Bachelor of Science in Law


A bachelor’s degree in Law offers you a variety of opportunities. Most law schools offer a rigorous and structured first-year curriculum, which includes courses on civil procedure, jurisdiction, standing to sue, and motions. In addition, you will study pretrial procedure, the structure of a lawsuit, and the appellate review of trial results. The curriculum also covers constitutional law, including a detailed study of the Bill of Rights.

Constitutional law

Constitutional law is a branch of law that deals with the fundamental principles that govern a nation. These principles define the powers of the government, the limits on those powers, and the rights and responsibilities of citizens. Most nations base their constitutional law on the text of a ratified document.

Civil law

Civil law is a system of law that originated in mainland Europe and was adopted by most of the world. It developed from the Roman law system, which was intellectualized to become the primary source of law.

Common law

Common law is the body of law that governs disputes in various areas of life. It was developed from the Roman civil code, which is a body of principles governing how laws are made, applied, and enforced. Today, the United States is governed by federal, state, and local legislatures, and common law is often modified to create a civil code at the state level. It is also the source of law that governs some of the most important decisions in American society, such as the landmark case of Brown v. Board of Education, which prohibited segregation in public schools.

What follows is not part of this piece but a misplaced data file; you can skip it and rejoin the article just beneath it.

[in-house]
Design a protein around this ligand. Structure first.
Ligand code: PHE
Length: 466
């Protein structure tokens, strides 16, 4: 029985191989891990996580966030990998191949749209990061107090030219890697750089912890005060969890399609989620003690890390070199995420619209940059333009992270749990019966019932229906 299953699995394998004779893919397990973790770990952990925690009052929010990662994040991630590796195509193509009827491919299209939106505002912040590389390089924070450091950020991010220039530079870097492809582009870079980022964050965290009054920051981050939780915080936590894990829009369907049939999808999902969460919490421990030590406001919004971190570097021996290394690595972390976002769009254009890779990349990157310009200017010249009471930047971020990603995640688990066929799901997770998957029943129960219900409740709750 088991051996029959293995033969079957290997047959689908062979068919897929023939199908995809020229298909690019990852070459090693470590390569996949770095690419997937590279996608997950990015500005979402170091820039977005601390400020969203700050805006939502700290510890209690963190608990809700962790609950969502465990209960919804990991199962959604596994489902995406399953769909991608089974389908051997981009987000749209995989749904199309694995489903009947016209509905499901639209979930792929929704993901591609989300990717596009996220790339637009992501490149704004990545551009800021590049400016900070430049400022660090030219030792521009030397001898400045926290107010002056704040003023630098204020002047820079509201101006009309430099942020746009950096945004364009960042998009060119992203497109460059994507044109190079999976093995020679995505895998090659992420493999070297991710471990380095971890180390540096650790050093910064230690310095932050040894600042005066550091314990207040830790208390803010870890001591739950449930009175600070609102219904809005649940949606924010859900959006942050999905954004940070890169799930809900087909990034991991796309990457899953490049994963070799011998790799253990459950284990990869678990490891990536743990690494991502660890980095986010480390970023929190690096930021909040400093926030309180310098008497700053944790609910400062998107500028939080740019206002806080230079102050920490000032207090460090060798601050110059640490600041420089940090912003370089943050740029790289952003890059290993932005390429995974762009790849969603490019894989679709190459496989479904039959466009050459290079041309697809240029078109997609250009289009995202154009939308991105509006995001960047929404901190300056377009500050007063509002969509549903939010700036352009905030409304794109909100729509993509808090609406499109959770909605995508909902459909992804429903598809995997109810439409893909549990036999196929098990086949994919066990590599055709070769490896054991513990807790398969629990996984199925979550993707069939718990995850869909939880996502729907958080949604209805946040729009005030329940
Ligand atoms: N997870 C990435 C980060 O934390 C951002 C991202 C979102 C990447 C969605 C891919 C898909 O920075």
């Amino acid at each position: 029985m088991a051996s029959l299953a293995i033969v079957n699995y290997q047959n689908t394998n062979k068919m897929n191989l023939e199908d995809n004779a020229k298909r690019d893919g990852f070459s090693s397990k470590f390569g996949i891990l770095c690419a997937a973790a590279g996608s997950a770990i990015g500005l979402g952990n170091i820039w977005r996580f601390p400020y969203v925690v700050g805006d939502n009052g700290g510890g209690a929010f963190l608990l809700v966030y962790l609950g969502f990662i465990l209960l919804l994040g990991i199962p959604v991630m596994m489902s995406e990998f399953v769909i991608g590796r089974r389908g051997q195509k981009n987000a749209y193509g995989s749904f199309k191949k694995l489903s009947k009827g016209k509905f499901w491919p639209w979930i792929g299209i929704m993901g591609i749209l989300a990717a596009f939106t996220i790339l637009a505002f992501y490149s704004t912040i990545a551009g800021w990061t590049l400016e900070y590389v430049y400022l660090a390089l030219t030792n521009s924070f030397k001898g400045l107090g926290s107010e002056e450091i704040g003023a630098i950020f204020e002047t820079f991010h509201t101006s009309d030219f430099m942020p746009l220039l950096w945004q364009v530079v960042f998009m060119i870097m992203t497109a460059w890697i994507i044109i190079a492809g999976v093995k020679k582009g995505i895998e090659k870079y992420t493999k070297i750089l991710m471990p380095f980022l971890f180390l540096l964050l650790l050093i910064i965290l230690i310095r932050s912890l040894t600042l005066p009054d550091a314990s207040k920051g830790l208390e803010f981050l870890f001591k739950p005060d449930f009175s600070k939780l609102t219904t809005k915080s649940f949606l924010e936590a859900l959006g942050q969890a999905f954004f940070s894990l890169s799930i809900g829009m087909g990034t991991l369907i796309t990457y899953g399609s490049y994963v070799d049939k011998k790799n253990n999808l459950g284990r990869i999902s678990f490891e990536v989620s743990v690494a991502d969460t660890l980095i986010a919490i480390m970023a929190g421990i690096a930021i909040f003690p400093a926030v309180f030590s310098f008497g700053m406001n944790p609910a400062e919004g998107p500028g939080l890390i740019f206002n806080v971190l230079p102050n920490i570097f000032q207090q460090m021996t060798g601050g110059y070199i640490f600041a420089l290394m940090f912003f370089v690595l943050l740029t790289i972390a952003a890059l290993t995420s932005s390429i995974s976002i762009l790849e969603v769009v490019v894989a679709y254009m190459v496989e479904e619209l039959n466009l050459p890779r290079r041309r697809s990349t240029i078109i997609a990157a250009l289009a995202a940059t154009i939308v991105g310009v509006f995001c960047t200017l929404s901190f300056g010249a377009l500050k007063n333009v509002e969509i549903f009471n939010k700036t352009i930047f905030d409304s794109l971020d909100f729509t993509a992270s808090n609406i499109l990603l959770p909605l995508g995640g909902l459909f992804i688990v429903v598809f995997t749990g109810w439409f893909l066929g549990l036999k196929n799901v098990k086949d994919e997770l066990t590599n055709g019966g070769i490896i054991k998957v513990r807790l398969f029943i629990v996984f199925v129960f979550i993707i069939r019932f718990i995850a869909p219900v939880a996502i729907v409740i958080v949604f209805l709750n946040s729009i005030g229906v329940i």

International law

International law is the body of international law. It governs the relations of people and states. During the post-World War II era, international law reached new heights of ambition as the international community claimed authority over a range of governmental matters. Its scope also increased to include migration and environmental issues.

Private law

Private law is a system of law that governs relationships between individuals. It differs from public law, which deals with relationships between the state and the general population. Its major subdivisions include contracts, torts, and obligations. It also includes property, family, and commercial law.

Conflict of laws

A conflict of laws is an area of law that refers to a conflict between two different sets of laws. Many scholars have proposed several ways to determine the governing law for a particular transaction or occurrence. These approaches range from choice of laws among states to personal jurisdiction. They also cover conflicts involving federal and state law and the extraterritorial application of federal law.